Trafficking of gap junction channels at a vertebrate electrical synapse in vivo

Carmen E. Flores, Srikant Nannapaneni, Kimberly G.V. Davidson, Thomas Yasumura, Michael V.L. Bennett, John E. Rash, Alberto E. Pereda

Research output: Contribution to journalArticlepeer-review

56 Scopus citations


Trafficking and turnover of transmitter receptors required to maintain and modify the strength of chemical synapses have been characterized extensively. In contrast, little is known regarding trafficking of gap junction components at electrical synapses. By combining ultrastructural and in vivo physiological analysis at identified mixed (electrical and chemical) synapses on the goldfish Mauthner cell, we show here that gap junction hemichannels are added at the edges of GJ plaques where they dock with hemichannels in the apposed membrane to form cell-cell channels and, simultaneously, that intact junctional regions are removed from centers of these plaques into either presynaptic axon or postsynaptic dendrite. Moreover, electrical coupling is readily modified by intradendritic application of peptides that interfere with endocytosis or exocytosis, suggesting that the strength of electrical synapses at these terminals is sustained, at least in part, by fast (in minutes) turnover of gap junction channels. A peptide corresponding to a region of the carboxy terminus that is conserved in Cx36 and its two teleost homologs appears to interfere with formation of new gap junction channels, presumably by reducing insertion of hemichannels on the dendritic side. Thus, our data indicate that electrical synapses are dynamic structures and that their channels are turned over actively, suggesting that regulated trafficking of connexons may contribute to the modification of gap junctional conductance.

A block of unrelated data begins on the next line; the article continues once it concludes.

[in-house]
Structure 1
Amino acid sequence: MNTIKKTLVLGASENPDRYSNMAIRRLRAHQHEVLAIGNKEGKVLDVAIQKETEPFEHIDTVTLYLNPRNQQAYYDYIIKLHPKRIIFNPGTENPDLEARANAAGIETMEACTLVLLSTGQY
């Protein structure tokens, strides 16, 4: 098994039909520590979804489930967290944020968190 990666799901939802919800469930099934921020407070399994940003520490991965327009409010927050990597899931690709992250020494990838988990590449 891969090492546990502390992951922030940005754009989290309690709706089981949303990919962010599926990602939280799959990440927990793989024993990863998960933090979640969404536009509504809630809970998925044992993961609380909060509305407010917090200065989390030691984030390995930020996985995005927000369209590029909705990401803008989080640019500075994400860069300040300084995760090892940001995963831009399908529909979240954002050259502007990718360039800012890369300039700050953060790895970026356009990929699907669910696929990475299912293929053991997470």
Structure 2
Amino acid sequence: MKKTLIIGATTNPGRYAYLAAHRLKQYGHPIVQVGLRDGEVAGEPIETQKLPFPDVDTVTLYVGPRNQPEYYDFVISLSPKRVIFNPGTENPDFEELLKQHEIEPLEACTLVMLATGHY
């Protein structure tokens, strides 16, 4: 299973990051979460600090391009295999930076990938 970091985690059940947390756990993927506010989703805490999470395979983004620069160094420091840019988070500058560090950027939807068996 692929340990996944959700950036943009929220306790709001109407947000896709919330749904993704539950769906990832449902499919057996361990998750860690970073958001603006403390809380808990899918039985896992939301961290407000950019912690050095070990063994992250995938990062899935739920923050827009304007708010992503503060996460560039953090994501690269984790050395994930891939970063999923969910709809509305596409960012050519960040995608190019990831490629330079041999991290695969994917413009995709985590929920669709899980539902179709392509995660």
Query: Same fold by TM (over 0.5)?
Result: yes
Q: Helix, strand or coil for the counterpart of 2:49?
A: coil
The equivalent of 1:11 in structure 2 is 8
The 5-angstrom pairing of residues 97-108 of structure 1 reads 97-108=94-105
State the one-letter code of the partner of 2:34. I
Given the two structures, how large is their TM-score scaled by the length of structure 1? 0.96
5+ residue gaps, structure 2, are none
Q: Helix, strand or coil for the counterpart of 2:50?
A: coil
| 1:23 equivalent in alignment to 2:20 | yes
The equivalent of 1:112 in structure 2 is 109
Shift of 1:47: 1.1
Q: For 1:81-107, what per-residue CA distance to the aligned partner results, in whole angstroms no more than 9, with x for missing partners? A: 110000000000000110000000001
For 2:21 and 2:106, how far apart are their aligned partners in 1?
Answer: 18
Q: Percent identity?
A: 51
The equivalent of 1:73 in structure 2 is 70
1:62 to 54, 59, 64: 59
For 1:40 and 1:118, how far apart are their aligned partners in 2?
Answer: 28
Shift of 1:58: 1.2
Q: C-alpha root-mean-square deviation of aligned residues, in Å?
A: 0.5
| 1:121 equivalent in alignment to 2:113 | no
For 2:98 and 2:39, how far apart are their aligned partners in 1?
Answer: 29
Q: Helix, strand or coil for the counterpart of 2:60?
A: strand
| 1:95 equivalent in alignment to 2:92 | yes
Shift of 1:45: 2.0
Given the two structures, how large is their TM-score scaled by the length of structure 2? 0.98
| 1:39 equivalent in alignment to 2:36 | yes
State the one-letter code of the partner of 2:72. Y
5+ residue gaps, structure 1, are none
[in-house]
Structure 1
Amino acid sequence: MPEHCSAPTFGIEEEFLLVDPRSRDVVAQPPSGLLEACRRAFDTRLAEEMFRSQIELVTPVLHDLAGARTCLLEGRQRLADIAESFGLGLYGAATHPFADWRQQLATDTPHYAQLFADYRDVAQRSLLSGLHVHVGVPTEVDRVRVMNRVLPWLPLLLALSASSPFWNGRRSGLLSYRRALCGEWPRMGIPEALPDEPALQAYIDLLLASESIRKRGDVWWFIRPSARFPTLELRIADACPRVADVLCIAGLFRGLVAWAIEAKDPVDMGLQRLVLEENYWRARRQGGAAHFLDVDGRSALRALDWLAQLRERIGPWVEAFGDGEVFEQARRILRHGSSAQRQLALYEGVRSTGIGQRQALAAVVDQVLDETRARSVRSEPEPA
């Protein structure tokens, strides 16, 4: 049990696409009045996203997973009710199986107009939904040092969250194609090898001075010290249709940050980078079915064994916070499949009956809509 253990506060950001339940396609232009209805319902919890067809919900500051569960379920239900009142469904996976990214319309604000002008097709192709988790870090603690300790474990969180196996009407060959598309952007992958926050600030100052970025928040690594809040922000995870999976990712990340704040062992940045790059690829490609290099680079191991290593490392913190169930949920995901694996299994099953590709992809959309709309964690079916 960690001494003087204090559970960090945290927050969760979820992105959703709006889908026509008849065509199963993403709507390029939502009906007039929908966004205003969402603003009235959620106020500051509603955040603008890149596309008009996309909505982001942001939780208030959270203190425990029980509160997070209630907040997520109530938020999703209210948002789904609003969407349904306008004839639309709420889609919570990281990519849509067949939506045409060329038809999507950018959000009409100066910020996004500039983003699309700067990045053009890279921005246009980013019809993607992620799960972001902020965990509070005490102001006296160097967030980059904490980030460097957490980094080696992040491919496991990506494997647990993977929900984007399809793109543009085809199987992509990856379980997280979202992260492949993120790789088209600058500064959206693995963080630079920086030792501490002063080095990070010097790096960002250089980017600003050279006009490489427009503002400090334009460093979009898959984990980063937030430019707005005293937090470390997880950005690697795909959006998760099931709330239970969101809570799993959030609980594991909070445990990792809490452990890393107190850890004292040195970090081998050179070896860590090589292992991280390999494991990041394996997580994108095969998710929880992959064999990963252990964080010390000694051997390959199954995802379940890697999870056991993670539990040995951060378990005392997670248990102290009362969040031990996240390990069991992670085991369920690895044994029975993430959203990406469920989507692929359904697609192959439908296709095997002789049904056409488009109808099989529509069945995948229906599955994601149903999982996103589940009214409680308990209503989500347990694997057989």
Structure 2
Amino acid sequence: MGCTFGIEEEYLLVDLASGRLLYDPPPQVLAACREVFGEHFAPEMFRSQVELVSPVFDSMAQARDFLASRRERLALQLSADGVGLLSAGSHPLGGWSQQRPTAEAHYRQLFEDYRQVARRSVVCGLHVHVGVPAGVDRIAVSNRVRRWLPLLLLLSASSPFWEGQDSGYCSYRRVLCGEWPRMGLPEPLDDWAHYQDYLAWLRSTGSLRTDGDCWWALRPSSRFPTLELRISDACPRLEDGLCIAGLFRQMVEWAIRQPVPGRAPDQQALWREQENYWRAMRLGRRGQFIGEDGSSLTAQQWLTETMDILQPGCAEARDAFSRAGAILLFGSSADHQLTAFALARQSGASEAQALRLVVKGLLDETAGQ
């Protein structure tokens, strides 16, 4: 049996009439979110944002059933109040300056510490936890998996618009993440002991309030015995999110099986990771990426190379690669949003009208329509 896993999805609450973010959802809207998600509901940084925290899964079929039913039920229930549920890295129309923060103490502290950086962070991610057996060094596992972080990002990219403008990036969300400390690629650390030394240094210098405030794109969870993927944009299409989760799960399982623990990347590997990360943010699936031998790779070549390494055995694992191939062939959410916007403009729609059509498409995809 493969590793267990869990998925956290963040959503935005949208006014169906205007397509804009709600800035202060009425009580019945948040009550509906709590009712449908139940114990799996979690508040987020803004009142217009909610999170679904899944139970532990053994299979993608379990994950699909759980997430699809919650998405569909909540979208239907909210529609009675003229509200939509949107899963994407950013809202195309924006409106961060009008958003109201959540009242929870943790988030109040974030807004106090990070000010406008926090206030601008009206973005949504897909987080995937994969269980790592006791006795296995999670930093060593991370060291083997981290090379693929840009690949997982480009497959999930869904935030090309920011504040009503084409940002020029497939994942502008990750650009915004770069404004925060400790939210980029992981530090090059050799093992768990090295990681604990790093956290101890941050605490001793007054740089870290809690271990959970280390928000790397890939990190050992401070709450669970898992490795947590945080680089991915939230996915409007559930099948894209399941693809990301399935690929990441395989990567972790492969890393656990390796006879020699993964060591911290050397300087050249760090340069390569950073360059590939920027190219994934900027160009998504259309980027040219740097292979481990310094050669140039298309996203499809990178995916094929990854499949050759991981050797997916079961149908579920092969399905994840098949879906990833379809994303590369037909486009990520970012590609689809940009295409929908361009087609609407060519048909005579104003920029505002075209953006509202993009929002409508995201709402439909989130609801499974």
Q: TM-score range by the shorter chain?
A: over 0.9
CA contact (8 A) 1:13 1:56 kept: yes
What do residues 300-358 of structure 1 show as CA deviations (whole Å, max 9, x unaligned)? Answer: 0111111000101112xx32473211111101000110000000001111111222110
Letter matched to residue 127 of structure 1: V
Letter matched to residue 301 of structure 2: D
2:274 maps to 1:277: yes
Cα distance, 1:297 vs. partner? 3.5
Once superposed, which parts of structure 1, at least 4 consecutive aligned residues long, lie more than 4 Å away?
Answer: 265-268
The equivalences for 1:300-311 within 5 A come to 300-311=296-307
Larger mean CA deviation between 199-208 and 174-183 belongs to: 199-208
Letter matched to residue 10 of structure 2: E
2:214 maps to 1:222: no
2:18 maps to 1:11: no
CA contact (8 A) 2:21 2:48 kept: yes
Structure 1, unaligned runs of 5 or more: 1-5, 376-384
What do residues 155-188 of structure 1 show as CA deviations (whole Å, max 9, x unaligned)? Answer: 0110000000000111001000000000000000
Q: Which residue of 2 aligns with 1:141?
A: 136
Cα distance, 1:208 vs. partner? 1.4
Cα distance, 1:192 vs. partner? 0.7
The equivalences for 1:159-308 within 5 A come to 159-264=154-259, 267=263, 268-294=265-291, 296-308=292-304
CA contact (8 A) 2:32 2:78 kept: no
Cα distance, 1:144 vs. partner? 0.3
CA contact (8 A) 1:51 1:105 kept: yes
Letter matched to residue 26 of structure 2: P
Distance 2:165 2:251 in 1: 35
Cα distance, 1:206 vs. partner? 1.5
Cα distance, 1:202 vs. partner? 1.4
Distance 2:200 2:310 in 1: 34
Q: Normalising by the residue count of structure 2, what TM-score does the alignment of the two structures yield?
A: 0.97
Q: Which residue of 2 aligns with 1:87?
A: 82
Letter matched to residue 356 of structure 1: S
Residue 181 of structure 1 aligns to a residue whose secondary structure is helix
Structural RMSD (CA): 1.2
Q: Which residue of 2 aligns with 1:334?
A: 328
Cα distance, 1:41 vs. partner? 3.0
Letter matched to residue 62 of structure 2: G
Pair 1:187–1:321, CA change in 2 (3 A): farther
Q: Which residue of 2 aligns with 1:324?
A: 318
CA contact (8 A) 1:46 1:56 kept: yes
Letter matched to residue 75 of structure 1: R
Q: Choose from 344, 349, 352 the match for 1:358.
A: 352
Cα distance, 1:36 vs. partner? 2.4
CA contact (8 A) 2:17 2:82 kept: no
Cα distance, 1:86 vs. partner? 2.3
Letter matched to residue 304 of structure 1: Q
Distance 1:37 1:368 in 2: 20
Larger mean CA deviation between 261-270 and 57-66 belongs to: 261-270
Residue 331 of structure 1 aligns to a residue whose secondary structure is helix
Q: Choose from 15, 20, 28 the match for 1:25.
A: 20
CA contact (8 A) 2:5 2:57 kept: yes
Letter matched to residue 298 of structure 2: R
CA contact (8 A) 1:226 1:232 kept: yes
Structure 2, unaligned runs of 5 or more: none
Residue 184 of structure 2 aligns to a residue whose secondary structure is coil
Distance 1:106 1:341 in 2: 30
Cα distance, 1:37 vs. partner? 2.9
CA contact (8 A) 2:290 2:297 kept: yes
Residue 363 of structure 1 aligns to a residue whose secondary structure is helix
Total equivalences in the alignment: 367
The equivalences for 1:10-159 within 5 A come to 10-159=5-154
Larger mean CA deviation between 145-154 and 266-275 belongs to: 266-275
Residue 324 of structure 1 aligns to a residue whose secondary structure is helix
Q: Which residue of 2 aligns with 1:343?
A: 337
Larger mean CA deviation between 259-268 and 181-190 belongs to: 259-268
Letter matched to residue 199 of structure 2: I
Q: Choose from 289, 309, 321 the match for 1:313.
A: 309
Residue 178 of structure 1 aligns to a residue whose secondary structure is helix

Original languageEnglish (US)
Pages (from-to)E573-E582
JournalProceedings of the National Academy of Sciences of the United States of America
Issue number9
StatePublished - Feb 28 2012


  • Auditory
  • Connexin
  • Freeze-fracture
  • Potentiation
  • Synaptic plasticity

ASJC Scopus subject areas

  • General


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